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Various Treatment of Young People in the Criminal Justice System - Coursework Example

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This work "Various Treatment of Young People in the Criminal Justice System" describes the ways in which the treatment of young offenders is differentiated from that of adult offenders. The author outlines the existing legal framework for young offenders in the UK, the use of a different court procedure for young offenders. It is clear that there is a need for the introduction of a new framework. …
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Various Treatment of Young People in the Criminal Justice System
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Download file to see previous pages The ways in which the treatment of young offenders is differentiated from that of adult offenders are also presented using appropriate literature; particular reference is made to the role of Young Offender Institutions (YOI). It is proved that the current criminal justice for young offenders in the UK is not effective, despite the measures taken by the government for securing the rehabilitation of these individuals. On the other hand, the full alignment of the treatment of young offenders with that of the adult offenders, as this practice is in progress in the UK, will not resolve the problems related to the rehabilitation of young offenders. The alteration of the rules of the existing criminal justice system without eliminating the Young Offender Institutions is considered as the most appropriate solution for increasing the effectiveness of the current criminal justice system for young offenders in the UK.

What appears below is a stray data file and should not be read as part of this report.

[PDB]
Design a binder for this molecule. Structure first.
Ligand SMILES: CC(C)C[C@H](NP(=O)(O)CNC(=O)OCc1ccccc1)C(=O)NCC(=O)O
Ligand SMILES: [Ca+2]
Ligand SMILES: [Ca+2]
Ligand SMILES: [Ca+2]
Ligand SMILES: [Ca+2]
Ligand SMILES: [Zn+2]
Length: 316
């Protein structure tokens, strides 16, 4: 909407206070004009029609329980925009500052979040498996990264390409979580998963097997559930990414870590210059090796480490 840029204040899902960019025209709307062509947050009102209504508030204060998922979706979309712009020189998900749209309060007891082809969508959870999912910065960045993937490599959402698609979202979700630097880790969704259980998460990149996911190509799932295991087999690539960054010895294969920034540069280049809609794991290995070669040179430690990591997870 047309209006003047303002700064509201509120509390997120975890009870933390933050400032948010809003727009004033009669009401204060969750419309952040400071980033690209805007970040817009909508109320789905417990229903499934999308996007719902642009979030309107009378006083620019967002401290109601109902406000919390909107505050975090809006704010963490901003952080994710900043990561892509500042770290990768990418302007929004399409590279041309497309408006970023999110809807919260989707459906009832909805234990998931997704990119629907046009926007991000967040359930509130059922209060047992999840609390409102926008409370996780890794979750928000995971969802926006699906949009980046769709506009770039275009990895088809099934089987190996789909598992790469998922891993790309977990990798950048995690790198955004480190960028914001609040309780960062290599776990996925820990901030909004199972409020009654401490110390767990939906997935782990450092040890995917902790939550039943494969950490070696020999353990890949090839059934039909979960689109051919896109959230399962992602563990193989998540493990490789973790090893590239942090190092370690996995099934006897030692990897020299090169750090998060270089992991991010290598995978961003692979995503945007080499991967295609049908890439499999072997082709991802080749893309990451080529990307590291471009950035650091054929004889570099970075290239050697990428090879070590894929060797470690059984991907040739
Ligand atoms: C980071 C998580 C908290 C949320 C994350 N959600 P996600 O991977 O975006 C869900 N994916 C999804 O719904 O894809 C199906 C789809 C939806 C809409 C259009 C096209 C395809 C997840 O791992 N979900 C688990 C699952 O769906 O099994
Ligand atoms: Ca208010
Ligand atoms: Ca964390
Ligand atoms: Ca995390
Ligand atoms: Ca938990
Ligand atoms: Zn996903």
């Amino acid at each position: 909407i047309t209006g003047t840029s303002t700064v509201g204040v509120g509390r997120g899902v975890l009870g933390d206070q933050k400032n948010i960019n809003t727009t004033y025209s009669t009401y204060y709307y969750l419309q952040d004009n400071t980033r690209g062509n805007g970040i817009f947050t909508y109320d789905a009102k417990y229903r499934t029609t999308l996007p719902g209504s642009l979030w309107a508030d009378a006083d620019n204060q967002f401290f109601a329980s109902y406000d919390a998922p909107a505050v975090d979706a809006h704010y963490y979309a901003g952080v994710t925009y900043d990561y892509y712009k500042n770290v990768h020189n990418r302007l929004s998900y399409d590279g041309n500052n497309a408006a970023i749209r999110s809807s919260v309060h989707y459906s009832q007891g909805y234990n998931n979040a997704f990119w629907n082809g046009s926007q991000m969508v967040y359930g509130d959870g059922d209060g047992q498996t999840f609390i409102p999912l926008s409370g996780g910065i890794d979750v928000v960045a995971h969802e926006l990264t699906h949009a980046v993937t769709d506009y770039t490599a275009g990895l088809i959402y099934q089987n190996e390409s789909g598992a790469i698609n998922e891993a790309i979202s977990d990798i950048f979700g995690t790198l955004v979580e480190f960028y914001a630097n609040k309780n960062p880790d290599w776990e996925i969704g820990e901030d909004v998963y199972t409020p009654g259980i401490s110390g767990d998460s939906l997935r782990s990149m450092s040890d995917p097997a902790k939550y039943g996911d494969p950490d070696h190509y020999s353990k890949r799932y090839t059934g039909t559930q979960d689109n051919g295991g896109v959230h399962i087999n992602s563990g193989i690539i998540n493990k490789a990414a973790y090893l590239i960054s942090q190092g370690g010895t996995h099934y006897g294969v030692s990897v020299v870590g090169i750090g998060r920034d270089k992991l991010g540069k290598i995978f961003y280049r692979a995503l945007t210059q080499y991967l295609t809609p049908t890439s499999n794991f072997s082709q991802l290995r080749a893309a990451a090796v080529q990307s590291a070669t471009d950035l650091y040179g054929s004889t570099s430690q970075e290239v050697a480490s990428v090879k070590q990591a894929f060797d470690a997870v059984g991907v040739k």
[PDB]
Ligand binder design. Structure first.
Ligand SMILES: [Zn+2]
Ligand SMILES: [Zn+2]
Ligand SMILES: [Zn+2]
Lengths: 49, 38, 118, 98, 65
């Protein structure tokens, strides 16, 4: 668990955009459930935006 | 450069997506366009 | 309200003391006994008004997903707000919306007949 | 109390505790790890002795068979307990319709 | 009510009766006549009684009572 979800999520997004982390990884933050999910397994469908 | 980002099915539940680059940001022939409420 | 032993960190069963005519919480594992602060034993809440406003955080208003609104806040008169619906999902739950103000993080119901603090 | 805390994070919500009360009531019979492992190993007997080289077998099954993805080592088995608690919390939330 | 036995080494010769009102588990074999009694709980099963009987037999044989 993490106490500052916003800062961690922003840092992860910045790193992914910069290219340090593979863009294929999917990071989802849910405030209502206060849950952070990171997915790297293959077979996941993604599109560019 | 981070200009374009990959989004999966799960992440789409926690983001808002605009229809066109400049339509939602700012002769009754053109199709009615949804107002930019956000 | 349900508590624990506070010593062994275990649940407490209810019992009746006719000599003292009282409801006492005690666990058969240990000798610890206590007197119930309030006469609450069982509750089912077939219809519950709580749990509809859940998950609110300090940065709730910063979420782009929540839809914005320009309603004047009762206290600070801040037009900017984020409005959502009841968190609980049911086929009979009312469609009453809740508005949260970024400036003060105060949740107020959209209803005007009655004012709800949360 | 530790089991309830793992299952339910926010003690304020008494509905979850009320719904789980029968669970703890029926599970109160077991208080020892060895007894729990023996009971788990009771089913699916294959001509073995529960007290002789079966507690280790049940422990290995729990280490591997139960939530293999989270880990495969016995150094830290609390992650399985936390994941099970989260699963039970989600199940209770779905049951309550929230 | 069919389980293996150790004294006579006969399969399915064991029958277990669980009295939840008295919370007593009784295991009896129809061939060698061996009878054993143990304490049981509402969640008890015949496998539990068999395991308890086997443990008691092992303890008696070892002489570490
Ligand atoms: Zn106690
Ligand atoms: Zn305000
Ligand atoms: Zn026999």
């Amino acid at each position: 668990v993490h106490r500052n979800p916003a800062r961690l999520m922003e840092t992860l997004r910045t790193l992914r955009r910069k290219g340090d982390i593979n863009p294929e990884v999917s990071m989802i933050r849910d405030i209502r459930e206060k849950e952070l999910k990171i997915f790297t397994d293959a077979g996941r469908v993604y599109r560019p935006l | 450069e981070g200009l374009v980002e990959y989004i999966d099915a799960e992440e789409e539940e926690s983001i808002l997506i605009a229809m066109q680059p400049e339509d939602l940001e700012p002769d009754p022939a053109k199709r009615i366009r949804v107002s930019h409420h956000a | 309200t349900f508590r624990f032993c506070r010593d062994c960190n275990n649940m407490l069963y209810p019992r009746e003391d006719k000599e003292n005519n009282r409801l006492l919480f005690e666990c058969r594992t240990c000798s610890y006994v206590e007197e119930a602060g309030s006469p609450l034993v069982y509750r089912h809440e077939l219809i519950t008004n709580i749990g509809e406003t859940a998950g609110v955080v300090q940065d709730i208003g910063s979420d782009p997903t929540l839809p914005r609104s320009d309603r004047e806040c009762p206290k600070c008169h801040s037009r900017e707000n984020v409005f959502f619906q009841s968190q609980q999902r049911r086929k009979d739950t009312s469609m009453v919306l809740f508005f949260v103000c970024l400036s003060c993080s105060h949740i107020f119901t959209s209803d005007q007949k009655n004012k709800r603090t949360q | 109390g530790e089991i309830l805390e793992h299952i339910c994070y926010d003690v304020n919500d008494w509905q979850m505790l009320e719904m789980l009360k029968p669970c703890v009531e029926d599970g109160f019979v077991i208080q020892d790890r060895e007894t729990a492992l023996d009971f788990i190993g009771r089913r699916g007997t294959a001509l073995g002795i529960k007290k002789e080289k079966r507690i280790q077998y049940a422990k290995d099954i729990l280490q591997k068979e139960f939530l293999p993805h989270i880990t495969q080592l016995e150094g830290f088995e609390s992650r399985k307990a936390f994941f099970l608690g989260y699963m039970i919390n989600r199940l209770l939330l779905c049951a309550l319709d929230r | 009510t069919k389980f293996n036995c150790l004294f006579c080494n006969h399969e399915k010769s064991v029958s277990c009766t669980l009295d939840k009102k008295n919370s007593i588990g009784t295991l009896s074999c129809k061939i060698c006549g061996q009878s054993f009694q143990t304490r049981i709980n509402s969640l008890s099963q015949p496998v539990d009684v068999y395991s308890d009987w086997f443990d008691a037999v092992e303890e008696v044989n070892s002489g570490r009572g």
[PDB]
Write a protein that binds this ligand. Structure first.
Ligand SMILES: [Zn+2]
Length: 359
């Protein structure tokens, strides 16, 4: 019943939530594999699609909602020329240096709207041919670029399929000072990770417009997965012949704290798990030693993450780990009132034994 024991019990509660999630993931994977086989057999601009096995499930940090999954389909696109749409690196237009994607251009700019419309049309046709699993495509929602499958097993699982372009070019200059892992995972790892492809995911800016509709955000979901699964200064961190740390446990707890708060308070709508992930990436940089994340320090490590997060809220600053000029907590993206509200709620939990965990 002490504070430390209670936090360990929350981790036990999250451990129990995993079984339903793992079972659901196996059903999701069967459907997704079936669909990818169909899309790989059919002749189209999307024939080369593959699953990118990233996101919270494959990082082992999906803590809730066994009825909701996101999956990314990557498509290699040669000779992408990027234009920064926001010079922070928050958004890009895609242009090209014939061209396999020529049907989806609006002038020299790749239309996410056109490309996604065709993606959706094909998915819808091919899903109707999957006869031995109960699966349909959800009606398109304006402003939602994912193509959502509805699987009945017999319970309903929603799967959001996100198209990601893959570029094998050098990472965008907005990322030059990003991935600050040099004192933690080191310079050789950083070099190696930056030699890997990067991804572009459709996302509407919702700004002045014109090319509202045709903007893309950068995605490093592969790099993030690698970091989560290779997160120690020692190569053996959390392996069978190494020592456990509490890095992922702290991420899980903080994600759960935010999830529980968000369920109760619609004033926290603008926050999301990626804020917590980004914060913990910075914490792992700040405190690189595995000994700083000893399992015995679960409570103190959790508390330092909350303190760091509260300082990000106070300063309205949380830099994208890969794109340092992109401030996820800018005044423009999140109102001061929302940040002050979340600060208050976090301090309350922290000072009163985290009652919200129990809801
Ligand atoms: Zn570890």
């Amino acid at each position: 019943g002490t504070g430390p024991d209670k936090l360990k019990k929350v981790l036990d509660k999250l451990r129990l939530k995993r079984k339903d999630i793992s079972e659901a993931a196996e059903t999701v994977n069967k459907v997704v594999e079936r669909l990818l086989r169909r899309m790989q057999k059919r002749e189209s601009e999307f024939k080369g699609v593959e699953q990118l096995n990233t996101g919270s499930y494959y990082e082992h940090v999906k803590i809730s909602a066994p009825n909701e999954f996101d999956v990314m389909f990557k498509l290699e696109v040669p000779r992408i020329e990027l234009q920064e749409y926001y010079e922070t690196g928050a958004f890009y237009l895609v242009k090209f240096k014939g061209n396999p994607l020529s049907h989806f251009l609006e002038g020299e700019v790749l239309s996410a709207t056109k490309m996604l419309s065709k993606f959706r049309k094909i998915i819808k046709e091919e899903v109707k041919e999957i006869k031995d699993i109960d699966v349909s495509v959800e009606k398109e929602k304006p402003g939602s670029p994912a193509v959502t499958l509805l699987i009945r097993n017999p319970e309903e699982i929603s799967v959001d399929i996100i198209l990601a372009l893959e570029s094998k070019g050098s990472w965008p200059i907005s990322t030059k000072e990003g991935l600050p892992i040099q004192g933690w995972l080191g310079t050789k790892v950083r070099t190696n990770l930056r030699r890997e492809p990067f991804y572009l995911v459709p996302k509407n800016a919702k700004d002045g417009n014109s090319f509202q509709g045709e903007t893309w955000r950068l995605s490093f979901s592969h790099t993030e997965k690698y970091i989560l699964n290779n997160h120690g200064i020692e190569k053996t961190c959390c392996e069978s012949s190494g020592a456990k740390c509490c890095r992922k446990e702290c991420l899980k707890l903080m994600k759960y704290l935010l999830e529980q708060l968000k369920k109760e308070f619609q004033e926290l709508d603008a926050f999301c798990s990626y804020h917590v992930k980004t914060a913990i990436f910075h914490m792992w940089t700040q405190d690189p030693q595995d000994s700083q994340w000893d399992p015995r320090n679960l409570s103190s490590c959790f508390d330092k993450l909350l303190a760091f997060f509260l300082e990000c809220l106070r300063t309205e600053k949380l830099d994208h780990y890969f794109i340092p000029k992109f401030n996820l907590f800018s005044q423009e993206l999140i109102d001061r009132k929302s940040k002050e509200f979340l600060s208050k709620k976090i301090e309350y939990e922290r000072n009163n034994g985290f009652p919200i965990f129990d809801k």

In Britain, as in most countries worldwide, the rules governing the detention/ imprisonment of young offenders are different from those related to adult offenders. In general young offenders, who are those aged up to 18 years, are held in specific institutions, such as ‘the Secure Children’s Homes (SCH), or the Young Offender Institutions (YOI)’ (UK Government 2014, par.1). The law including the rules governing the detention of young offenders is the’ Criminal Justice Act 2003 (sec. 226/228) or the Sentencing Act 2000’ (UK Government 2014, par.2). In any case, the age of the young offender is critical for choosing the institution in which the specific offender will be held: for example, young offenders who are under 15 years old cannot be held in YOI but they will be held rather in an SCH, as explained above (UK Government 2014).
In the UK not all young offenders are punished by the law. In fact, only young people aged between 10 and 17 years are likely to face the consequences of law when violating existing legal rules (NCB 2010). No provision exists in the UK legal system for the punishment of young offenders under 10 years old (NCB 2010). Moreover, the relevant cases are heard by the Youth Court (NCB 2010, p.4); only quite severe cases related to young offenders can be addressed to a higher court, such as the Crown Court (NCB 2010, p.4). ...Download file to see next pagesRead More
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